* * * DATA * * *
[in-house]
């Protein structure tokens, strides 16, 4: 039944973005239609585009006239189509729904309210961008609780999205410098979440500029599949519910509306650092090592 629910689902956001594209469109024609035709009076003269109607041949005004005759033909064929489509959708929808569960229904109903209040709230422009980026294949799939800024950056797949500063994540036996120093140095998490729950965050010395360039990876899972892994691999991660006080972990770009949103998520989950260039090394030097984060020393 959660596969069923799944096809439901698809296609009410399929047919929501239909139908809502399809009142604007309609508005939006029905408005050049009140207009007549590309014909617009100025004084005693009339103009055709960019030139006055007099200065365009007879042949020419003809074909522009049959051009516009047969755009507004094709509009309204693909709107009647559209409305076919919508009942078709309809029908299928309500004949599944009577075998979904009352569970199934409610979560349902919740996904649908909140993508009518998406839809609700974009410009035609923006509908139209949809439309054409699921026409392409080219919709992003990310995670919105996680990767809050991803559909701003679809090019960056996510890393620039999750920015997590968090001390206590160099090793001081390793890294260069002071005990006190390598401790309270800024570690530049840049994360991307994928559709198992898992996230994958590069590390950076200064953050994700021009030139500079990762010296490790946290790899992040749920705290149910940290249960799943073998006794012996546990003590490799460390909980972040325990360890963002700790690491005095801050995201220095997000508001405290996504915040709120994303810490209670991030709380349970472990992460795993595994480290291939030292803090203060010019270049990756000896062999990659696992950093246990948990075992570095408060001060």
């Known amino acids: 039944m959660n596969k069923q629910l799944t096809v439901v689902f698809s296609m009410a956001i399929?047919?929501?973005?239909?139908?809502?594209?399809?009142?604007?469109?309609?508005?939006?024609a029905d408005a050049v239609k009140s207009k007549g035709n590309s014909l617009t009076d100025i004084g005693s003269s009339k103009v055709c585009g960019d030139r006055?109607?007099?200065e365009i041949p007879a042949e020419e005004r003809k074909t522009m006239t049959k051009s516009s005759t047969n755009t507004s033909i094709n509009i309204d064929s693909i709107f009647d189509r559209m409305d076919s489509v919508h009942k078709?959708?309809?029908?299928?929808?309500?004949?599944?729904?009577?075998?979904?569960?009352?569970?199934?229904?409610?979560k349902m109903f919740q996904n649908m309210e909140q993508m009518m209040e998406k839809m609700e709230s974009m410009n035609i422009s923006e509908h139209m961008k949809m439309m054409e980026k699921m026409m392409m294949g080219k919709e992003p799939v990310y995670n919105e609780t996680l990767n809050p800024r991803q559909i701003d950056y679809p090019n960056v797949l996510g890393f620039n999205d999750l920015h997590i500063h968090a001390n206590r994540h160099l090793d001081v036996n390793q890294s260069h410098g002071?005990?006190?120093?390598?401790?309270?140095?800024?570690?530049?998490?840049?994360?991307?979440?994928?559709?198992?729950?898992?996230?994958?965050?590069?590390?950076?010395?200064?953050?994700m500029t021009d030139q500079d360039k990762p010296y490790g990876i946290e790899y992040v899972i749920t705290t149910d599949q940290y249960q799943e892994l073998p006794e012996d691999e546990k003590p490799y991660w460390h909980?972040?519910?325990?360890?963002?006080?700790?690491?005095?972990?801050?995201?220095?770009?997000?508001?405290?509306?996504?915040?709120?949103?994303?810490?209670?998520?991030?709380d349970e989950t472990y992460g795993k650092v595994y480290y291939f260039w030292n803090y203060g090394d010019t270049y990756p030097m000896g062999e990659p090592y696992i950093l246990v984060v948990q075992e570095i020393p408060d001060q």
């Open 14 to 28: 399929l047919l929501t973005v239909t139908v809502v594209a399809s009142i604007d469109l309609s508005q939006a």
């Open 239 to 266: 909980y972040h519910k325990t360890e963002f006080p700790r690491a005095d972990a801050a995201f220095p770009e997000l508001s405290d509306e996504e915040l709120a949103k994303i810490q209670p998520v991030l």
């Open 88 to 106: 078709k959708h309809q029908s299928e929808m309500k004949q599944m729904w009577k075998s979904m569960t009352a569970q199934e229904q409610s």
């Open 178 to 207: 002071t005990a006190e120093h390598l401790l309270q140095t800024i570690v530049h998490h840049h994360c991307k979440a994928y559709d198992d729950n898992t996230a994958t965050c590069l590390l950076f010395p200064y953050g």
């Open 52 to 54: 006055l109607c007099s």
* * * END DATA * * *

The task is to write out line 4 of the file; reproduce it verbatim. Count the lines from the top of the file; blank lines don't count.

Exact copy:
């Open 14 to 28: 399929l047919l929501t973005v239909t139908v809502v594209a399809s009142i604007d469109l309609s508005q939006a």